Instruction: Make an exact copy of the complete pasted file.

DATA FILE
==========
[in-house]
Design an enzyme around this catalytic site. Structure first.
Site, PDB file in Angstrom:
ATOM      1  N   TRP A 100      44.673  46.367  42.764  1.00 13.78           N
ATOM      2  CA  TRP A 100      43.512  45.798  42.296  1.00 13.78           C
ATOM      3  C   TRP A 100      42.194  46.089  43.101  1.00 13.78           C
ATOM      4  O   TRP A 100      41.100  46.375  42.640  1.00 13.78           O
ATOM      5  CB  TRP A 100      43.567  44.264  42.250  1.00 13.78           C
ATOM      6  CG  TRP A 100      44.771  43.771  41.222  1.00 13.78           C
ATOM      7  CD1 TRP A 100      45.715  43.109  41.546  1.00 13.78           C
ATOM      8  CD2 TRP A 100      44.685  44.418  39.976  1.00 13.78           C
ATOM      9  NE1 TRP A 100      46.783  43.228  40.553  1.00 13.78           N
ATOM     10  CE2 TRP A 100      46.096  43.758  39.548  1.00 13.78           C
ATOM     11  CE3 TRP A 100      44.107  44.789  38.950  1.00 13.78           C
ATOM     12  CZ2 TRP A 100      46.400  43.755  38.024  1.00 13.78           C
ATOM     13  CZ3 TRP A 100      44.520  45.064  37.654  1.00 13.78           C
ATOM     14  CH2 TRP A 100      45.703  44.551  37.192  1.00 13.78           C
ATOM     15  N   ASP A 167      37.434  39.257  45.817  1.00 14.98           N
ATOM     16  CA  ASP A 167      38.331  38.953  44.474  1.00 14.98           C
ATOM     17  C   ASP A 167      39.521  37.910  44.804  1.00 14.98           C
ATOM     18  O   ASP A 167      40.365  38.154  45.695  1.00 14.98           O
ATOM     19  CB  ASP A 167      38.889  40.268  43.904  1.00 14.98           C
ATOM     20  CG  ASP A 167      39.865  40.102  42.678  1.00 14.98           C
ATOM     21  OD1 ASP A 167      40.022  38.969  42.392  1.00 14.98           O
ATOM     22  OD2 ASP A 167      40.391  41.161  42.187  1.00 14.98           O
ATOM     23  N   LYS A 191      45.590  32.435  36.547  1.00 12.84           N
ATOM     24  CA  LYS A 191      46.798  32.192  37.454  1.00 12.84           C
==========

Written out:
[in-house]
Design an enzyme around this catalytic site. Structure first.
Site, PDB file in Angstrom:
ATOM      1  N   TRP A 100      44.673  46.367  42.764  1.00 13.78           N
ATOM      2  CA  TRP A 100      43.512  45.798  42.296  1.00 13.78           C
ATOM      3  C   TRP A 100      42.194  46.089  43.101  1.00 13.78           C
ATOM      4  O   TRP A 100      41.100  46.375  42.640  1.00 13.78           O
ATOM      5  CB  TRP A 100      43.567  44.264  42.250  1.00 13.78           C
ATOM      6  CG  TRP A 100      44.771  43.771  41.222  1.00 13.78           C
ATOM      7  CD1 TRP A 100      45.715  43.109  41.546  1.00 13.78           C
ATOM      8  CD2 TRP A 100      44.685  44.418  39.976  1.00 13.78           C
ATOM      9  NE1 TRP A 100      46.783  43.228  40.553  1.00 13.78           N
ATOM     10  CE2 TRP A 100      46.096  43.758  39.548  1.00 13.78           C
ATOM     11  CE3 TRP A 100      44.107  44.789  38.950  1.00 13.78           C
ATOM     12  CZ2 TRP A 100      46.400  43.755  38.024  1.00 13.78           C
ATOM     13  CZ3 TRP A 100      44.520  45.064  37.654  1.00 13.78           C
ATOM     14  CH2 TRP A 100      45.703  44.551  37.192  1.00 13.78           C
ATOM     15  N   ASP A 167      37.434  39.257  45.817  1.00 14.98           N
ATOM     16  CA  ASP A 167      38.331  38.953  44.474  1.00 14.98           C
ATOM     17  C   ASP A 167      39.521  37.910  44.804  1.00 14.98           C
ATOM     18  O   ASP A 167      40.365  38.154  45.695  1.00 14.98           O
ATOM     19  CB  ASP A 167      38.889  40.268  43.904  1.00 14.98           C
ATOM     20  CG  ASP A 167      39.865  40.102  42.678  1.00 14.98           C
ATOM     21  OD1 ASP A 167      40.022  38.969  42.392  1.00 14.98           O
ATOM     22  OD2 ASP A 167      40.391  41.161  42.187  1.00 14.98           O
ATOM     23  N   LYS A 191      45.590  32.435  36.547  1.00 12.84           N
ATOM     24  CA  LYS A 191      46.798  32.192  37.454  1.00 12.84           C